What do you make of this reaction?

SECRETARY RICE: Well, first of all, we're not going to react to every statement that comes out of Iran. We have set in train a diplomatic process. That diplomatic process needs to work now with Iran being given the proposals that the six parties put together in Vienna with Iran recognizing that it now has a path ahead that would allow an end to this impasse, but also that the international community is committed to a second path should that first path not work.

The oil card, let's just remember that Iran is some 80 percent dependent on oil in its budget and so not really able to live without -- with a disruption as well. Let's just allow the diplomacy to work. I don't think this is a time to react to every statement that Iran makes.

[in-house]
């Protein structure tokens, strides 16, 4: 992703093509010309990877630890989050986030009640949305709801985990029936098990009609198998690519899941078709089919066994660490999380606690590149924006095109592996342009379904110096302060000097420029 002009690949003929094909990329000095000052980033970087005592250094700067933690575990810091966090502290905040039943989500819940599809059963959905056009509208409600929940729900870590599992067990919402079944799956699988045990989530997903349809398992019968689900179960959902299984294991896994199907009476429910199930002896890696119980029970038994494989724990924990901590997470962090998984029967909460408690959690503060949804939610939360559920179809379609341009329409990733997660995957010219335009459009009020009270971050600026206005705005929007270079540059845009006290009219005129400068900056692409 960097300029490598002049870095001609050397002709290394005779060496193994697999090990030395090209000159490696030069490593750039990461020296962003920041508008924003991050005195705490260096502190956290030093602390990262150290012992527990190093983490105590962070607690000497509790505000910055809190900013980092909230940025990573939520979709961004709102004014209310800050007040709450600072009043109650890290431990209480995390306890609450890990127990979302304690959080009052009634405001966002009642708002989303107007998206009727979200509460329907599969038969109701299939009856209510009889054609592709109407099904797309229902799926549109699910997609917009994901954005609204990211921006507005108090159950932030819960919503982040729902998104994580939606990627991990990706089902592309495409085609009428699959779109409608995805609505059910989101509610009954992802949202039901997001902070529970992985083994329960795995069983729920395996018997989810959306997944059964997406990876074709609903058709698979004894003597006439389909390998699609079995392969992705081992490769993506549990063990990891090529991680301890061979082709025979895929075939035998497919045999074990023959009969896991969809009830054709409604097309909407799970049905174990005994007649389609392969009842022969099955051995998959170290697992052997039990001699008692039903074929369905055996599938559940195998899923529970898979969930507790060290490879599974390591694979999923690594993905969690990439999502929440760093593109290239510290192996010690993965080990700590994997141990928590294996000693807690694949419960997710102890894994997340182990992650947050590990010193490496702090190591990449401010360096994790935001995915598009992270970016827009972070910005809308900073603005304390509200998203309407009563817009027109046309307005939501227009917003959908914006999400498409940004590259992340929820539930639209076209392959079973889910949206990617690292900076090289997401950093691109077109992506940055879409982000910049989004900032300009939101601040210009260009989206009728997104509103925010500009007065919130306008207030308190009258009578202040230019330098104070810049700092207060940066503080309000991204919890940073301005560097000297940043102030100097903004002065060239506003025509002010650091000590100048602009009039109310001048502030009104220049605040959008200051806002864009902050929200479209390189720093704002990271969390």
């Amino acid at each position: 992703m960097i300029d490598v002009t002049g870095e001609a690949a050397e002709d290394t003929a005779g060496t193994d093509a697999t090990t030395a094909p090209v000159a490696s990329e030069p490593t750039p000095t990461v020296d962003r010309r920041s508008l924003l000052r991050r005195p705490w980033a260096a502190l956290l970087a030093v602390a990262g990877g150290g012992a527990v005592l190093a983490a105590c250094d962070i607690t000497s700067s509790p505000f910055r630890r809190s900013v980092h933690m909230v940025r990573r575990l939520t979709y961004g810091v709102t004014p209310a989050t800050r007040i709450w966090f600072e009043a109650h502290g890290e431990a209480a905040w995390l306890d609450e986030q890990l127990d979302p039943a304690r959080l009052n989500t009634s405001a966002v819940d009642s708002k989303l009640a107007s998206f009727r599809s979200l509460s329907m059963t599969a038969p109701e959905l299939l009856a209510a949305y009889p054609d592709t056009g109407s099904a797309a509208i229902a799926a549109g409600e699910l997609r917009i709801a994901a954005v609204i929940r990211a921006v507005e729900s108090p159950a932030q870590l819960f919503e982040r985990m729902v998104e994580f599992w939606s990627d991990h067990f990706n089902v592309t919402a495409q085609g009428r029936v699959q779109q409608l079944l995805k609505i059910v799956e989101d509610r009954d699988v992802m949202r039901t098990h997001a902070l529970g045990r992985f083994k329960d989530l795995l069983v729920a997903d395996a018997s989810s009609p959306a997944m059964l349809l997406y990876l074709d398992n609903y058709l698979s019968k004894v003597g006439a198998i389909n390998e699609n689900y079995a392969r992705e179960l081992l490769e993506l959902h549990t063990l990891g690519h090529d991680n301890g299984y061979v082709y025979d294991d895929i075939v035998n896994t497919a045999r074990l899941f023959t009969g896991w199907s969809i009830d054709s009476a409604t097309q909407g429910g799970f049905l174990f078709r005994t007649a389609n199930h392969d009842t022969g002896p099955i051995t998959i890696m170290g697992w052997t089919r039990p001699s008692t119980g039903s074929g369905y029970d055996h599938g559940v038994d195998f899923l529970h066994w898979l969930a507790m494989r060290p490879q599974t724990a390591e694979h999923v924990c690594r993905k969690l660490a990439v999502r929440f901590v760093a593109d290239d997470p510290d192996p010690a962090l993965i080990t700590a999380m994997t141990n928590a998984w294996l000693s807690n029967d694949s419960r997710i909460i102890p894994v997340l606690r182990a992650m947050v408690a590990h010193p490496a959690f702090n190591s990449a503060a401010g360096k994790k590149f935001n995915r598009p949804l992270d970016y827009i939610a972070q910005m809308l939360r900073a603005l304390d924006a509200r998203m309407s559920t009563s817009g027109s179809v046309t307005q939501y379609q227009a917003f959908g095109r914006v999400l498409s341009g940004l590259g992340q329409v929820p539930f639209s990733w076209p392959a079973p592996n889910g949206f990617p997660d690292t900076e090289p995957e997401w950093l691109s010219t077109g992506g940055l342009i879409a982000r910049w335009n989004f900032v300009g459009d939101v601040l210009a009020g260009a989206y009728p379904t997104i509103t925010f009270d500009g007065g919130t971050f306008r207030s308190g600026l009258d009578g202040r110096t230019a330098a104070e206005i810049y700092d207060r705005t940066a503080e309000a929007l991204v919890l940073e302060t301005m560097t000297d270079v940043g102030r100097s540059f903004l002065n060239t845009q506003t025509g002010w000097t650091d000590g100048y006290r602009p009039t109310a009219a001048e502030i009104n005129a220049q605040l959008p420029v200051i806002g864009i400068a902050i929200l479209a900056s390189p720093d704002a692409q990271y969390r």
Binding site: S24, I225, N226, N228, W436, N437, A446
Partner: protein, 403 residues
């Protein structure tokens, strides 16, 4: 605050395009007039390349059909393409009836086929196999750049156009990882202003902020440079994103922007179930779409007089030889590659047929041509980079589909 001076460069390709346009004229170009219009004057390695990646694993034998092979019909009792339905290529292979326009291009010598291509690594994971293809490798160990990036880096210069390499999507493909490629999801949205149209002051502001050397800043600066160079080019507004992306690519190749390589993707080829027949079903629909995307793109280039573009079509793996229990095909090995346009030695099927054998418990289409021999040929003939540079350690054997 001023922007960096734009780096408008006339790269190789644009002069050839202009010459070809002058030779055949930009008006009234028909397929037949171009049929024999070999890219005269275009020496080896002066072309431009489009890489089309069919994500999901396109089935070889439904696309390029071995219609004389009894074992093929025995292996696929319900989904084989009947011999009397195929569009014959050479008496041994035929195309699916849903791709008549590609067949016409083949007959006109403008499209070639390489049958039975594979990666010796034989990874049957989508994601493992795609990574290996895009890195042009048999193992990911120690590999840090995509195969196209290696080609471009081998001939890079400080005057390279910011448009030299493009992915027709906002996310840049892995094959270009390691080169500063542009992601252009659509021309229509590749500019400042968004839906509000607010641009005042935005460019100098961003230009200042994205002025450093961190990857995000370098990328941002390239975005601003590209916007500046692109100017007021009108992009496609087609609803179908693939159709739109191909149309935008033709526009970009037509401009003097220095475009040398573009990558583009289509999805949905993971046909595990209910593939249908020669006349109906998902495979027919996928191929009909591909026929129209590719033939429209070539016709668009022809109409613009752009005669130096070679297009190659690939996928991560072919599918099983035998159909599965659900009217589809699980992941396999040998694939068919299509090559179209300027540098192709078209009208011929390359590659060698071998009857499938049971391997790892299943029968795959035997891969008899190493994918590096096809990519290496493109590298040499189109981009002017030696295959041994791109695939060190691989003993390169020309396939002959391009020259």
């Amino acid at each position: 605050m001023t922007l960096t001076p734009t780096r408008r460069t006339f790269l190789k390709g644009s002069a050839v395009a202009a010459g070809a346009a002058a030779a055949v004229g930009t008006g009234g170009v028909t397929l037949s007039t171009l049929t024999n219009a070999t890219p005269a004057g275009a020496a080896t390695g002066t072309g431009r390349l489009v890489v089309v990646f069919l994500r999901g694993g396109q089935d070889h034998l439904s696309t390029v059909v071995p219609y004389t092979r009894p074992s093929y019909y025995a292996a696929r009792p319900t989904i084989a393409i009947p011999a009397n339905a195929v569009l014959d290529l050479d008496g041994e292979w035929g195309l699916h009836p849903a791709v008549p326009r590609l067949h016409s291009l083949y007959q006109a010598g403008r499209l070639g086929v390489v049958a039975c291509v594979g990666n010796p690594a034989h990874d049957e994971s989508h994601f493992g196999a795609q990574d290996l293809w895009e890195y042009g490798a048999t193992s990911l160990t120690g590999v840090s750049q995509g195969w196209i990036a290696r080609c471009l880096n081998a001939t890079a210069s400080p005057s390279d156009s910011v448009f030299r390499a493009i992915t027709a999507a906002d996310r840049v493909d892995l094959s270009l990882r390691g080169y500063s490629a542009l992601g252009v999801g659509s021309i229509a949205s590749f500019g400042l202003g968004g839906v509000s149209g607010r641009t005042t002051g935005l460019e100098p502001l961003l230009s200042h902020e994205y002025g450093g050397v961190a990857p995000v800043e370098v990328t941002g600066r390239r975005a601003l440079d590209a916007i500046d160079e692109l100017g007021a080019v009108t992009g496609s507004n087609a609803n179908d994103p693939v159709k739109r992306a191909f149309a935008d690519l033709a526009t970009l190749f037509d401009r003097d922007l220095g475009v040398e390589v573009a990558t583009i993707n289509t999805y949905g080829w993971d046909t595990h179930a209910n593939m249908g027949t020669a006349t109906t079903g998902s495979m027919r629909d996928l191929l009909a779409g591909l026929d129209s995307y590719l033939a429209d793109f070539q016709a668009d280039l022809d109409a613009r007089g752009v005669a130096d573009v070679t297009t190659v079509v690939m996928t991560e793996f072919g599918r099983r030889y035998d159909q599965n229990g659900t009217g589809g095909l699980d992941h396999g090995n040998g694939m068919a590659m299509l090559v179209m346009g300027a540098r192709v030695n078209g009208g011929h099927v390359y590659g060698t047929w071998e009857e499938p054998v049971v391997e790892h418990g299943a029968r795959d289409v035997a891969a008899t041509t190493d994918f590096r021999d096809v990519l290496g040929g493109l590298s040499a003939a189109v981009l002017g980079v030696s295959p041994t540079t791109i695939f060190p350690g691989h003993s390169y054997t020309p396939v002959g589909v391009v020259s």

QUESTION: So you're not worried about Iran imposing an oil embargo against the United States?

SECRETARY RICE: We're just not going to concern ourselves with such. Let's let the diplomatic path that has been put before Iran unfold. I might just note, Wolf, that this is a path that really is logical given the President's decision more than a year ago to fully support and back the European-3 negotiations with Iran with some steps that the United States took, for instance, removing our objection to a WTO application for Iran. The next step of offering to join the talks should Iran suspend its enrichment programs, conditions set by the IAEA Board of Governors, that's a logical step in a policy that's really been set for more than a year.

QUESTION: The European-3 being Germany, France and Britain.

SECRETARY RICE: Germany, France and Great Britain.

QUESTION: How much time -- you've said they have a matter of weeks to respond to this offer from the U.S., the Europeans, the Russians, and the Chinese. You've said they have a matter of weeks. Are we talking a handful, five weeks, ten weeks? What kind of a number do you want to put before the weeks?